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Social Museology in Vila Autodromo: A New Way of Thinking About Museums

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Fighting to continue to make space for often-silenced voices, the Evictions MuseumVila Autodromo and the Network of Social Museology of Rio de Janeiro partnered to offer a three-day course entitled “Social Museology: Poetics and Politics in Movement, Based in Concrete Experiences.” The seminars took place May 19-21 in Vila Autódromo’s Catholic Church, the only building preserved during evictions and demolitions carried out before the Olympic Games, and a symbol of the community’s struggle. The church served as a storage space during demolitions, keeping residents’ furniture safe and becoming the new headquarters of the residents’ association, and is now part of the Evictions Museum.

Students, museologists, Vila Autódromo residents, members of other favela museums, activists, and even a few community pets (dogs abandoned during the eviction process who were adopted and taken care of by remaining residents) filled the church during a weekend of rain and wind. Activist and resident Maria da Penha was the first to welcome everyone and emphasize the importance of the Evictions Museum and their archives, presented to the National Historic Museum (MHN) the day before. “My dream is that, through our struggle, other communities won’t suffer eviction,” Penha explained.

Museology as resistance was a theme that set the stage for the rest of the day. Dr. Mario de Souza Chagas, involved in the creation of many of Rio’s community museums, talked about the importance of museums as “a commitment to life and social transformation.” Throughout the first two days of the course, Chagas, a poet, museologist, and professor of social sciences, presented a seminar originally given in January at the École du Louvre in Paris. With modules focusing on the decolonization of museology, memory and social museology, and social museology in practice in Rio’s community museums, Chagas’ presentations continually stressed the idea that “a museology that does not serve life–both organic and social–serves nothing.”

As the event’s hosts, voices from Vila Autódromo were prominent throughout the event. On Friday, Sandra Maria, a resident and long-time activist, presented the community’s history and pieces from the evictions process that are now in the collection at the MHN. On Saturday, participants in the seminar took a tour around Vila Autódromo itself. The whole community forms part of the archive of the territorial elements of the Evictions Museum, a testament to the community’s resistance and resilience in the face of trauma. One piece in the museum’s collection, for example, is a barricade put up by community members during the Olympics, when cars and buses would use Vila Autódromo’s main road as a shortcut into the Olympic Park, putting residents and animals in danger. This structure, built out of necessity, remains part of the landscape of the community, part of the open-air museum that triggers memory throughout the daily routine in the favela.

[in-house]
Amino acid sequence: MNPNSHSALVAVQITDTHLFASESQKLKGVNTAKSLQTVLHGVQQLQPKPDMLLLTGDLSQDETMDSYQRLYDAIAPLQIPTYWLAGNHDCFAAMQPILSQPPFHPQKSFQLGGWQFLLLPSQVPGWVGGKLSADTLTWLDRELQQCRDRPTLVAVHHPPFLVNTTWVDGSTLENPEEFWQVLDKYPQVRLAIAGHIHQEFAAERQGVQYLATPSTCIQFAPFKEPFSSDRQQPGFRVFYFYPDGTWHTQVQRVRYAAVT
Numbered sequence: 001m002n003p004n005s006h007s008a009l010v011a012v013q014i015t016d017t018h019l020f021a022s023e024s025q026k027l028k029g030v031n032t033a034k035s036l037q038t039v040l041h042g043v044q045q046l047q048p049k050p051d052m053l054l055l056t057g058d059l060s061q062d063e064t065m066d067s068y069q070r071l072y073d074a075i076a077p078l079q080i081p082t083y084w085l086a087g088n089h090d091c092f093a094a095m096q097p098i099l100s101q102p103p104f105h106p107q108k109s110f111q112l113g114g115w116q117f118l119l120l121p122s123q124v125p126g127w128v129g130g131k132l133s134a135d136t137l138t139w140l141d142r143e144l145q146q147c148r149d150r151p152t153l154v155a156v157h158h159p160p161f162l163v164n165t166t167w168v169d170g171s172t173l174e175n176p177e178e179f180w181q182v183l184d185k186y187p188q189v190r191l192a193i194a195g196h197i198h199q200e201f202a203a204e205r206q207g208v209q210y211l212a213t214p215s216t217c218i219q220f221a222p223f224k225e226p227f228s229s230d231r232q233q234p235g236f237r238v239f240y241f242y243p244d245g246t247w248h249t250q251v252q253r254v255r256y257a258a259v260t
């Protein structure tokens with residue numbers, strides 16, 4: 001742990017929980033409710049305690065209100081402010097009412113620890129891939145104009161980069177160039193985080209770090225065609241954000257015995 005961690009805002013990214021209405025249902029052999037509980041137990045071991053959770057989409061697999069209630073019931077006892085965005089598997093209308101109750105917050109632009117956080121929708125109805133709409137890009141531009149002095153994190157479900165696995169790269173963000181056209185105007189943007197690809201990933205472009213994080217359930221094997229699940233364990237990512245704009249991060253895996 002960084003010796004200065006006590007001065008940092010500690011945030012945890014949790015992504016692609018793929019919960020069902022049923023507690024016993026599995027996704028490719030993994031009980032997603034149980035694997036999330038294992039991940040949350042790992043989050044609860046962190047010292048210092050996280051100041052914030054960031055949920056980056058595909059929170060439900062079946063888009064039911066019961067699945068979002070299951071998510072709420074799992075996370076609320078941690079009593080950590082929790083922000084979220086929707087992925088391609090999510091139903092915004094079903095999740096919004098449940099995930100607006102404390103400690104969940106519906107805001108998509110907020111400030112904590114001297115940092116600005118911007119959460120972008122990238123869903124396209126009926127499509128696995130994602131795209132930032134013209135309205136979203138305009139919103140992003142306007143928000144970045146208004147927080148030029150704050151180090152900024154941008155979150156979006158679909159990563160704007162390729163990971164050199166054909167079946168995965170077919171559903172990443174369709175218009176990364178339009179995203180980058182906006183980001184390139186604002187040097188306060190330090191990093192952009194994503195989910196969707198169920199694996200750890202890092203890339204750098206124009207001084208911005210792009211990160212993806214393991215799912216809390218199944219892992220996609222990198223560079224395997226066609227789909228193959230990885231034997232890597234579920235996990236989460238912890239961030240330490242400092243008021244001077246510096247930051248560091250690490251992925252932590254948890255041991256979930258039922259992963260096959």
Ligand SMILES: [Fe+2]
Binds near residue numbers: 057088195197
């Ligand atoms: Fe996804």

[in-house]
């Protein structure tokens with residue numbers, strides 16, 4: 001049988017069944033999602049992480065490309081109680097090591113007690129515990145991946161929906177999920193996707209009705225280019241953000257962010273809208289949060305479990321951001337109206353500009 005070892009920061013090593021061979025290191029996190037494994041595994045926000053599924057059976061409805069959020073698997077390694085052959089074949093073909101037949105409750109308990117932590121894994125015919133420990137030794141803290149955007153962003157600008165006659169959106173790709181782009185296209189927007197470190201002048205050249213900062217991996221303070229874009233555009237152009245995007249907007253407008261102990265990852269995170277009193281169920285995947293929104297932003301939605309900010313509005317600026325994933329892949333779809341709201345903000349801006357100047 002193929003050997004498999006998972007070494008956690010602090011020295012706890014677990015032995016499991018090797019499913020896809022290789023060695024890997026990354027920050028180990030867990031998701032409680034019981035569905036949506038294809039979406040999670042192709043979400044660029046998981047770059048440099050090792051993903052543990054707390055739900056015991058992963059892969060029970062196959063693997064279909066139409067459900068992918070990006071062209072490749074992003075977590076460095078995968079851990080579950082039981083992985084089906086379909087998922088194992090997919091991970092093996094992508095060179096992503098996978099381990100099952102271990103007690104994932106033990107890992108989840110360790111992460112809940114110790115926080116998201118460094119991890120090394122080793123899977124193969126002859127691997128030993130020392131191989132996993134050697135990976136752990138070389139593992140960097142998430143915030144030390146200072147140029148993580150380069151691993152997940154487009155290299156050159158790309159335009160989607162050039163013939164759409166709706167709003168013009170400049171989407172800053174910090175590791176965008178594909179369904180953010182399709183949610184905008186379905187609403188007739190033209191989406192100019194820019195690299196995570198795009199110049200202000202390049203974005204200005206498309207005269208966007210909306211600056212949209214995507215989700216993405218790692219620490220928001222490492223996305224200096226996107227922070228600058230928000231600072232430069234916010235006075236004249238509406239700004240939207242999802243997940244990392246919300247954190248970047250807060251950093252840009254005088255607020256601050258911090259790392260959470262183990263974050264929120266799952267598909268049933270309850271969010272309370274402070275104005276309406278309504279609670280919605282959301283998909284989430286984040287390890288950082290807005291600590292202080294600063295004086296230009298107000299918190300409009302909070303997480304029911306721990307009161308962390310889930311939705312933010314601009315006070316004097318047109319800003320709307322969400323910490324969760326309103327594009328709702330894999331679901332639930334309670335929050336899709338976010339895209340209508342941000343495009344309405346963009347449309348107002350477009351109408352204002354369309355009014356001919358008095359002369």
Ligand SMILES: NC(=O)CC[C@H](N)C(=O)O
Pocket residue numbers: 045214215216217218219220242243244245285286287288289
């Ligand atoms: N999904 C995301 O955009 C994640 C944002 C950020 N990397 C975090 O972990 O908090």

The course also marked a major public event, not only for Vila Autódromo’s Evictions Museum, but for the Social Museology Network, a group founded in 2013 that links community museums throughout Rio. Once a relatively obscure phenomenon, favela museums have become increasingly visible in recent years, even as the physical institutions themselves struggle with debt and eviction threats. The event at Vila Autódromo brought together the Museu da Maré, Living Museum of São Bento in Duque de Caxias, Museu de Favela (MUF) in Pavão-Pavãozinho and Cantagalo, Museu Sankofa in Rocinha, Ecomuseum Nega Vilma in Santa Marta, Ecomuseum Friends of Rio Joana, Ecomuseu of Manguinhos, Horto Museum, and Evictions Museum as emblems of a “new museum imagination” that has deep historical roots in Rio and other contemporary examples across the world, from Niger to the United States and Chile. Increased communication among these museums will help them not only fight more effectively for their permanence, but also share information and ideas and articulate their message more clearly.

The third day of the course put the ideas presented so far into practice, with participants bringing objects associated with their own memories and making impromptu exhibits out of them, then doing the same with plaques commemorating demolished parts of Vila Autódromo. The weekend ended with a public screening of Resistência, a documentary directed by Eliza Capai about protest during the current Brazilian political crisis.

Throughout its three days, the course relied on the idea of museums as a place of both memory and action, a “space for acting politically” as well as “pretext for celebrating life.” Favela and community museums are crucial spaces for making community voices heard, as well as dealing with issues that touch contemporary life. The philosophy behind these spaces relies on active participation between the museum and its visitors, as both affect and are affected by the other. As the voices of community museums continue to strengthen, this vibrant, intimate conception of memory and the museum experience will become more prominent as well, inspiring both favela residents and visitors to think about the past, present, and future in new ways.